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Impact of preoperative chronic renal failure on liver transplantation: a population-based cohort study

Authors Chung PC, Chen HP, Lin JR, Liu FC, Yu HP

Received 22 September 2016

Accepted for publication 27 October 2016

Published 14 December 2016 Volume 2016:12 Pages 1855—1860

DOI https://doi.org/10.2147/TCRM.S123011

Checked for plagiarism Yes

Review by Single-blind

Peer reviewers approved by Dr Amy Norman

Peer reviewer comments 2

Editor who approved publication: Professor Deyun Wang

Peter Chi-Ho Chung,1,2 Hsiu-Pin Chen,1,2 Jr-Rung Lin,3,4 Fu-Chao Liu,1,2 Huang-Ping Yu1,2

1Department of Anesthesiology, Chang Gung Memorial Hospital, 2College of Medicine, 3Clinical Informatics and Medical Statistics Research Center, 4Graduate Institute of Clinical Medicine, Chang Gung University, Taoyuan, Taiwan

Purpose: The purpose of this study was to assess whether preoperative chronic renal failure (CRF) affects the rates of postoperative complications and survival after liver transplantation.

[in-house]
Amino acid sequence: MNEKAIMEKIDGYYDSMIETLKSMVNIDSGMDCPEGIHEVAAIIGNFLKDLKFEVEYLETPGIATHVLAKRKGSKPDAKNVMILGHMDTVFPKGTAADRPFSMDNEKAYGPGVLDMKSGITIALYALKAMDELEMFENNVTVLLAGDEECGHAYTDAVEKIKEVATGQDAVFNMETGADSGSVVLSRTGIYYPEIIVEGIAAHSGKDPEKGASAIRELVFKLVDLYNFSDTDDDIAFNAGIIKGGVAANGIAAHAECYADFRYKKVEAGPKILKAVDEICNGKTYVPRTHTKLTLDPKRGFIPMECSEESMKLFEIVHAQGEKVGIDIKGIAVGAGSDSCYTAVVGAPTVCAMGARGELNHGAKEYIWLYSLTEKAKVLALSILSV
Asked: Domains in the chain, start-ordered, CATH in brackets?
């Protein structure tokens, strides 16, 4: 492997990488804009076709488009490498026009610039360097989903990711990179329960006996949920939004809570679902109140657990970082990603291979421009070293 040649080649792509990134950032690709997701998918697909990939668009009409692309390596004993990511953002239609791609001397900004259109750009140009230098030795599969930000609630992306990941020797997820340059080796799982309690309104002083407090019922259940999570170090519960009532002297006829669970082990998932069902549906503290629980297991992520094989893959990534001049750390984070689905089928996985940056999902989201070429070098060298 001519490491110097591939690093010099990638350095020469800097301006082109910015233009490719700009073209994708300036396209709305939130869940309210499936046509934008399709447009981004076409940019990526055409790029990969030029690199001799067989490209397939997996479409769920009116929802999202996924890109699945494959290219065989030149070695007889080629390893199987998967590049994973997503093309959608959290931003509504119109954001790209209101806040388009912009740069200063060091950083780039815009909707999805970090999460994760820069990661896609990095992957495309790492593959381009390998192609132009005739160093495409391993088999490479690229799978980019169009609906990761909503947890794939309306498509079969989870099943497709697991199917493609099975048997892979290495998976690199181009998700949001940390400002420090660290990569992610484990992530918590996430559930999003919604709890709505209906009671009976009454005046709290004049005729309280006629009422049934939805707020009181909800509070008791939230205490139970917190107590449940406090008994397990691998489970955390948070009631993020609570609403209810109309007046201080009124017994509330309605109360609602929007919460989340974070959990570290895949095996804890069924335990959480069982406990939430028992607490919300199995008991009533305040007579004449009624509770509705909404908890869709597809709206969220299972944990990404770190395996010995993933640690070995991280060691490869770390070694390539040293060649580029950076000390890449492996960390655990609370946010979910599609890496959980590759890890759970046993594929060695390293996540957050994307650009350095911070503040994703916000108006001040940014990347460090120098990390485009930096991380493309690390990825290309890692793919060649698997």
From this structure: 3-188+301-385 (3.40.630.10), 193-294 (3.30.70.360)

Methods: This population-based retrospective cohort study included 2,931 recipients of liver transplantation performed between 1998 and 2012, enrolled from the Taiwan National Health Insurance Research Database. Patients were divided into two groups, based on the presence or absence of preoperative CRF.
Results: The overall estimated survival rate of liver transplantation recipients (LTRs) with preoperative CRF was significantly lower than that of patients without preoperative CRF (P=0.0085). There was no significant difference between the groups in terms of duration of intensive care unit stay, total hospital stay, bacteremia, postoperative bleeding, and pneumonia during hospitalization. Long-term adverse effects, including cerebrovascular disease and coronary heart disease, were not different between patients with versus without CRF.
Conclusion:
These findings suggest that LTRs with preoperative CRF have a higher rate of mortality.

Keywords: chronic renal failure, cohort study, survival rate, liver transplantation, population-based study

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